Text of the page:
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July 22, 2009

Using Blending Layers to Remove Background in Photoshop

The other night I was playing with this old photo below of an aloe plant at the gardens at Huntington Library. I had previously created some "photo art" from it which can be seen in my plants photo gallery, and at the time had used some of Photoshop's selection tools to essentially trace around the edges of the aloe plant so I could remove the background. Believe me it was wrist-breaking, hand-numbing work, since the background is busy and not all the "contrasty" compared to the plant. In fact since it was such a hard selection to do, I just ended up cropping out a lot of the background.

So since I know more about the power of using layers and blending modes in Photoshop these days, I wanted to see how much of the background I could "knock out" by simply laying different blending modes on top of each other.

Note, you can try this with some of your own photos if you have Photoshop or Photoshop Elements.

I opened the photo in Photoshop. The first layer in Photoshop is always called "Background". I immediately made a copy of the background layer. There are several ways of doing that. I like to use the keyboard shortcut which is Ctrl+J. Photo of aloe plant - before

The new layer will be on top of the original layer, and it will be called "Layer 1". Note that I have highlighted the blending mode which is by default "Normal" and with 100% opacity. The photo looks exactly the same as the original at this point.

You can click on the dropdown next to Normal and cycle through the blending modes. Some will make a difference, some won't. Some make the picture darker, some lighter, some funky. You can control how much of the bottom layer shows through by lowering the opacity of the top layer.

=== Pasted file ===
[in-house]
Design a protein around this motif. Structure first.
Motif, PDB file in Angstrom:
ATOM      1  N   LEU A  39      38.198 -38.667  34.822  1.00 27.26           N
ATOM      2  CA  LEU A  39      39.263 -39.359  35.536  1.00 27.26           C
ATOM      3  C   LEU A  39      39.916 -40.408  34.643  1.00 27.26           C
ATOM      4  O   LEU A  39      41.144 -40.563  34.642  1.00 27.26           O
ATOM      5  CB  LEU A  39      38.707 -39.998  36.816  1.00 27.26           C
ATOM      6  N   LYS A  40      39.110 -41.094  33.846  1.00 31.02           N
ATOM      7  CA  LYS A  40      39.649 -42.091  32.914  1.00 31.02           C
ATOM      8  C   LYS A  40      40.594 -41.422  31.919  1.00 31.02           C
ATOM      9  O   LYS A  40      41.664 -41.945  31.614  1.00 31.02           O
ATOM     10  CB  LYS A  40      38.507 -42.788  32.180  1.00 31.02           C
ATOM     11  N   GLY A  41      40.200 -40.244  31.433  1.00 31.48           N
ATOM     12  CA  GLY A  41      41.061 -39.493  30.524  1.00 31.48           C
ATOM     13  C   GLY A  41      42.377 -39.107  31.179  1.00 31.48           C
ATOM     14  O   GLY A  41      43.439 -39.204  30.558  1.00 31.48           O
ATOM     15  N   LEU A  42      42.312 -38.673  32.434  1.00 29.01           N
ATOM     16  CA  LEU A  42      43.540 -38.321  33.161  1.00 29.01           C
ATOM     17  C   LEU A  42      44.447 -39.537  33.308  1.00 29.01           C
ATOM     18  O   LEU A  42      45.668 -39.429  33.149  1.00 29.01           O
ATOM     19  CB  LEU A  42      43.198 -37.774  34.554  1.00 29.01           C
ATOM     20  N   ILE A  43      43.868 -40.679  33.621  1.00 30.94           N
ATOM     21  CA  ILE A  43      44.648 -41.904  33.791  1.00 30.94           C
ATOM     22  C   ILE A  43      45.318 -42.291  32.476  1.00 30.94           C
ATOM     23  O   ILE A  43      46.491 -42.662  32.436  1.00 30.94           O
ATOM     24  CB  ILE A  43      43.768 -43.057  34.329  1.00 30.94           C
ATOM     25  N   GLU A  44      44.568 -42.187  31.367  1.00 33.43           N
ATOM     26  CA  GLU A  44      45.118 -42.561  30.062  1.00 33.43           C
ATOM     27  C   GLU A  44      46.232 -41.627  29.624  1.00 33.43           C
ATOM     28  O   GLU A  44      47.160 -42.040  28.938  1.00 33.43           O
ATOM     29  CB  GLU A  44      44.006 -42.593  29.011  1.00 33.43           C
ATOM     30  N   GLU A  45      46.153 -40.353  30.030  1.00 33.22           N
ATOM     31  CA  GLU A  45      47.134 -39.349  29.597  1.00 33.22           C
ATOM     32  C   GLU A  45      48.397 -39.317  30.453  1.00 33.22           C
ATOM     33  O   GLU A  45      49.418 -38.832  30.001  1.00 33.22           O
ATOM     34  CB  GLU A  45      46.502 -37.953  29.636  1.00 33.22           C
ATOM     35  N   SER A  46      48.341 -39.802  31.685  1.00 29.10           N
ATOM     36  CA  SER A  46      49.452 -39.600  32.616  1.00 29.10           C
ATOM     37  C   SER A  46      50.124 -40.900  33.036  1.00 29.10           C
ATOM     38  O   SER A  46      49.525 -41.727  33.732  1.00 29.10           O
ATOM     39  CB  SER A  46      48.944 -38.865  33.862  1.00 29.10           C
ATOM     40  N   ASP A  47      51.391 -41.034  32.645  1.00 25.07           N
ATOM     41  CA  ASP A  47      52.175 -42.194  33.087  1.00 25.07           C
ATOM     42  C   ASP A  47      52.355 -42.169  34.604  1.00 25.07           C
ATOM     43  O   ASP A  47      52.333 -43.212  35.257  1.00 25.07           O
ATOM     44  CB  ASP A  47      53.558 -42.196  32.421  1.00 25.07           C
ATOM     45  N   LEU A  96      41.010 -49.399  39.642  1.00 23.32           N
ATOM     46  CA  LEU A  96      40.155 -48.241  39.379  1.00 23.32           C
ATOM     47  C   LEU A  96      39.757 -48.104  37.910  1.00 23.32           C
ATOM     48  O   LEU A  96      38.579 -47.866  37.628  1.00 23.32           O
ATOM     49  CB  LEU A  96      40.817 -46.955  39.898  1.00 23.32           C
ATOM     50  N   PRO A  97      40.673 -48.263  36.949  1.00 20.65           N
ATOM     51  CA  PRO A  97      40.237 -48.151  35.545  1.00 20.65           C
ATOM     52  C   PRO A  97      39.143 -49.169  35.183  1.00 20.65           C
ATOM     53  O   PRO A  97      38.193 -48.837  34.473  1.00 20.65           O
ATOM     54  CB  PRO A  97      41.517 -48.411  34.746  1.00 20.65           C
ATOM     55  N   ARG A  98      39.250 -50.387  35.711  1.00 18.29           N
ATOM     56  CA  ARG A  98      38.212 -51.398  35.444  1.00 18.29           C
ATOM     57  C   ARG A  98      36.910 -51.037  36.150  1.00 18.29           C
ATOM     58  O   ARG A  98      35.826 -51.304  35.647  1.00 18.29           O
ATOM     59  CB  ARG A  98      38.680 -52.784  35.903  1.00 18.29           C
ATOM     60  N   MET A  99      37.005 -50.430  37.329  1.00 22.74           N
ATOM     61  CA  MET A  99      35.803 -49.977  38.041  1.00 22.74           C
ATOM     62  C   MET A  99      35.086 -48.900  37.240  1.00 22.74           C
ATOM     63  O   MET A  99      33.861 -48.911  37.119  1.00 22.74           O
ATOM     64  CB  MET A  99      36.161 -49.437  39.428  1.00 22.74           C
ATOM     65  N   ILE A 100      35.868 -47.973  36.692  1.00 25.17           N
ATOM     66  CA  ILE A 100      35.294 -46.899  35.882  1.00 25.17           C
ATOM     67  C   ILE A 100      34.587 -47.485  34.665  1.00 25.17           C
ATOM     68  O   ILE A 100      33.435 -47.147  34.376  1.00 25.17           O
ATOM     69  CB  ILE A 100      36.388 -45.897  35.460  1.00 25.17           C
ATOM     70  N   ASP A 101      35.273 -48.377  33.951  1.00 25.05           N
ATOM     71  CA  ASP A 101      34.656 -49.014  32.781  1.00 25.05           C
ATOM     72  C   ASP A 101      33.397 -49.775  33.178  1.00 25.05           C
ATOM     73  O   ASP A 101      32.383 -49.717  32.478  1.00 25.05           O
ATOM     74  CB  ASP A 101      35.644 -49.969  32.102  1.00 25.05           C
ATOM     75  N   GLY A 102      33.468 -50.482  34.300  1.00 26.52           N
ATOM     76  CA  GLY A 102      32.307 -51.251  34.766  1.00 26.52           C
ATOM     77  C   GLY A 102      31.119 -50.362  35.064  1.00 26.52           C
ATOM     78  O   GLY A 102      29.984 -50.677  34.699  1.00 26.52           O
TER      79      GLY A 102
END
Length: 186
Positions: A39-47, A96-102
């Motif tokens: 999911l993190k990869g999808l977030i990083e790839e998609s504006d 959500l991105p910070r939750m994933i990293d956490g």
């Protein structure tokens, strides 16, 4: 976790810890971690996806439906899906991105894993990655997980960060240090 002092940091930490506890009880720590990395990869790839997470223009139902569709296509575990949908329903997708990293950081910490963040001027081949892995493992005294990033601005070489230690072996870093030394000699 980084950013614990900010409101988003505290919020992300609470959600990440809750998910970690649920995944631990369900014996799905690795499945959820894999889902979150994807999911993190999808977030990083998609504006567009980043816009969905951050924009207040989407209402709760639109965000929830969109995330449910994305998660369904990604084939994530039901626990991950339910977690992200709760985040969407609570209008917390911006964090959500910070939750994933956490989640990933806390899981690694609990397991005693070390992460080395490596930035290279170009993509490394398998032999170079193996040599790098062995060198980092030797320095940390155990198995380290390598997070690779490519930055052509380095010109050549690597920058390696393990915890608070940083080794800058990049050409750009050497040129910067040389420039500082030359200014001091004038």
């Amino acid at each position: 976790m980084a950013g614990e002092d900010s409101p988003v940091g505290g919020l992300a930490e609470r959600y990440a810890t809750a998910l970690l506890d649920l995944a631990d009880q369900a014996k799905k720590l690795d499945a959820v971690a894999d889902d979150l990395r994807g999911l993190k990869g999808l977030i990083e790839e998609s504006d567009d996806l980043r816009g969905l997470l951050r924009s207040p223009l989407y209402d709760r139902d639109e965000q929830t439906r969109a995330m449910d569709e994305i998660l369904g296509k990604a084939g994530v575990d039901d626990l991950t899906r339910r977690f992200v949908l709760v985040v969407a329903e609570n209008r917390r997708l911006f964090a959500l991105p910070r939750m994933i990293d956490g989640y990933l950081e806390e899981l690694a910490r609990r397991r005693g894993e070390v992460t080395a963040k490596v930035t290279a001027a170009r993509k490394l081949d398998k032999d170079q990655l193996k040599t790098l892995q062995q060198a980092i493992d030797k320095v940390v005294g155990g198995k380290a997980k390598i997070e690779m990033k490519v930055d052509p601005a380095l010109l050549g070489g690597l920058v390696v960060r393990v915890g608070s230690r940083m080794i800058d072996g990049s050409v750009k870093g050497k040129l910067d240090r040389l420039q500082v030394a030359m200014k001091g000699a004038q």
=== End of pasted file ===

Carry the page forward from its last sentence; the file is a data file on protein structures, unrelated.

I found that the mode called "color burn", which is one of the modes that darkens an image, removed almost all of the background and changed the color of the plant to a very attractive green-blue with the purples and blues of the edge lines emphasised.

This is how it looked after doing that:

Photo of aloe plant after blending mode change Since the whole point of the exercise was to save time and my wrist, the question remained what to do about the remainder of the background that is still visible. The simple option I chose was to blur the edges of the photo creating a "depth of field" effect where the plant is in focus, and the background out of focus. To make the background disappear even more, when I took the image back to Photoshop Lightroom, I created a dark "vignette" around the edges using Lightroom's "post crop" vignette slider. Now almost all of the background was invisible and what remains adds to the overall artistic value of the photo.

The outcome, completed from start to finish in no more than 5 minutes and without a sore wrist can can be viewed in the plant photo gallery.

Below you can watch a video of some of my photos of plants.

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